Computer Animation Languages
Animation functions include a graphics editor, a key frame generator and standard graphics routines.
The graphics editor allows designing and modifying object shapes, using spline surfaces, constructive solid geometry methods or other representation schemes.
Scene description includes the positioning of objects and light sources defining the photometric parameters and setting the camera parameters.
Action specification involves the layout of motion paths for the objects and camera.
Keyframe systems are specialized animation languages designed dimply to generate the in-betweens from the user specified keyframes.
Parameterized systems allow object motion characteristics to be specified as part of the object definitions. The adjustable parameters control such object characteristics as degrees of freedom motion limitations and allowable shape changes.
Scripting systems allow object specifications and animation sequences to be defined with a user input script. From the script, a library of various objects and motions can be constructed.
Each set of in-betweens are generated from the specification of two keyframes.
For complex scenes, we can separate the frames into individual components or objects called cells, an acronym from cartoon animation.
Transformation of object shapes from one form to another is called Morphing.
Morphing methods can be applied to any motion or transition involving a change in shape. The example is shown in the below figure.
Suppose we equalize the edge count and parameters Lk and Lk+1 denote the number of line segments in two consecutive frames. We define,
Lmax = max (Lk, Lk+1)
Lmin = min(Lk , Lk+1)
Ne = Lmax mod Lmin
Ns = int (Lmax/Lmin)
The preprocessing is accomplished by
§ Dividing Ne edges of keyframemin into Ns+1 section.
§ Dividing the remaining lines of keyframemin into Ns sections.
For example, if Lk = 15 and Lk+1 = 11, we divide 4 lines of keyframek+1 into 2 sections each. The remaining lines of keyframek+1 are left infact.
If the vector counts in equalized parameters Vk and Vk+1 are used to denote the number of vertices in the two consecutive frames. In this case we define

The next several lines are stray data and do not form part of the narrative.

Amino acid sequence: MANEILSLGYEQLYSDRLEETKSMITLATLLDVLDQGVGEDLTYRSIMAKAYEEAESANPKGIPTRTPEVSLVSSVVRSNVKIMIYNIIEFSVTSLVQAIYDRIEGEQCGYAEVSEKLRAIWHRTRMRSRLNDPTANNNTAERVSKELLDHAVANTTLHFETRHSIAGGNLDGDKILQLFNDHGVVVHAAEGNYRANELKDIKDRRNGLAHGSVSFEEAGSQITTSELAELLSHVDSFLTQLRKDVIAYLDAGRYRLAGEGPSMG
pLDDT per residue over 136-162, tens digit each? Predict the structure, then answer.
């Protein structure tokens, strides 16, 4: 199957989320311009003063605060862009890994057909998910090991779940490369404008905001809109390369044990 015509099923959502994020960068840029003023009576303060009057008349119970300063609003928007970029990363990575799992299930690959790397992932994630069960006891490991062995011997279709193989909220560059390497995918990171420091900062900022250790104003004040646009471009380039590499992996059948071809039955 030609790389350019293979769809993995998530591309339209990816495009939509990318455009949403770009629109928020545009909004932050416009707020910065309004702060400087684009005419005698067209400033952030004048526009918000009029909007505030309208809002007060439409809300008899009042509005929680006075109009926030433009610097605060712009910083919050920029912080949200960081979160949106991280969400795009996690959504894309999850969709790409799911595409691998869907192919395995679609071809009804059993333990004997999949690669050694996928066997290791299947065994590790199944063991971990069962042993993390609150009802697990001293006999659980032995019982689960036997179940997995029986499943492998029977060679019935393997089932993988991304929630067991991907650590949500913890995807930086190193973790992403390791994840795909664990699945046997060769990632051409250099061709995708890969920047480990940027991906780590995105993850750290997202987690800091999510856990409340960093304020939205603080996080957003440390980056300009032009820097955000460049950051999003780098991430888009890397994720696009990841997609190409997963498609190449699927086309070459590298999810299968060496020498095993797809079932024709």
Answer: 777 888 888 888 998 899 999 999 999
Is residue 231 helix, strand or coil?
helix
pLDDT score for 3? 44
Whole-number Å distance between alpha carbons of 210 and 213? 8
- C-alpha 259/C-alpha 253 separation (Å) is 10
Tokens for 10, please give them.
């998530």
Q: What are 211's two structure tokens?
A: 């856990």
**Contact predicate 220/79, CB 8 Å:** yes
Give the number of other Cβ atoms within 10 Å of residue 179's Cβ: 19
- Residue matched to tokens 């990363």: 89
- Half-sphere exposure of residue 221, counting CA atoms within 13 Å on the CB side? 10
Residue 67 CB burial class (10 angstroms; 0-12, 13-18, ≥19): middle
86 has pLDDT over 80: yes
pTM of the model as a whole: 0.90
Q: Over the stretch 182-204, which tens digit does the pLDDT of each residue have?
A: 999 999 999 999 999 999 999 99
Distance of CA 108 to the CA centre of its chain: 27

Vmax = max(Vk,Vk+1), Vmin = min( Vk,Vk+1) and
Nls = (Vmax -1) mod (Vmin – 1)
Np = int ((Vmax – 1)/(Vmin – 1 ))
Preprocessing using vertex count is performed by
§ Adding Np points to Nls line section of keyframemin.
§ Adding Np-1 points to the remaining edges of keyframemin.
Curve-fitting techniques are often used to specify the animation paths between key frames. Given the vertex positions at the key frames, we can fit the positions with linear or nonlinear paths. Figure illustrates a nonlinear fit of key-frame positions. This determines the trajectories for the in-betweens. To simulate accelerations, we can adjust the time spacing for the in-betweens.
For constant speed (zero acceleration), we use equal-interval time spacing for the in-betweens. Suppose we want n in-betweens for key frames at times t1 and t2.
The time interval between key frames is then divided into n + 1 subintervals, yielding an in-between spacing of
we can calculate the time for any in-between as
tBj = t1+j ∆t, j = 1,2, . . . . . . n
These are several ways in which the motions of objects can be specified in an animation system.
Direct Motion Specification
Here the rotation angles and translation vectors are explicitly given.
Then the geometric transformation matrices are applied to transform coordinate positions.
We can approximate the path of a bouncing ball with a damped, rectified, sine curve
y (x) = A / sin(ωx + θ0) /e-kx
where A is the initial amplitude, ω is the angular frequency, θ0 is the phase angle and k is the damping constant.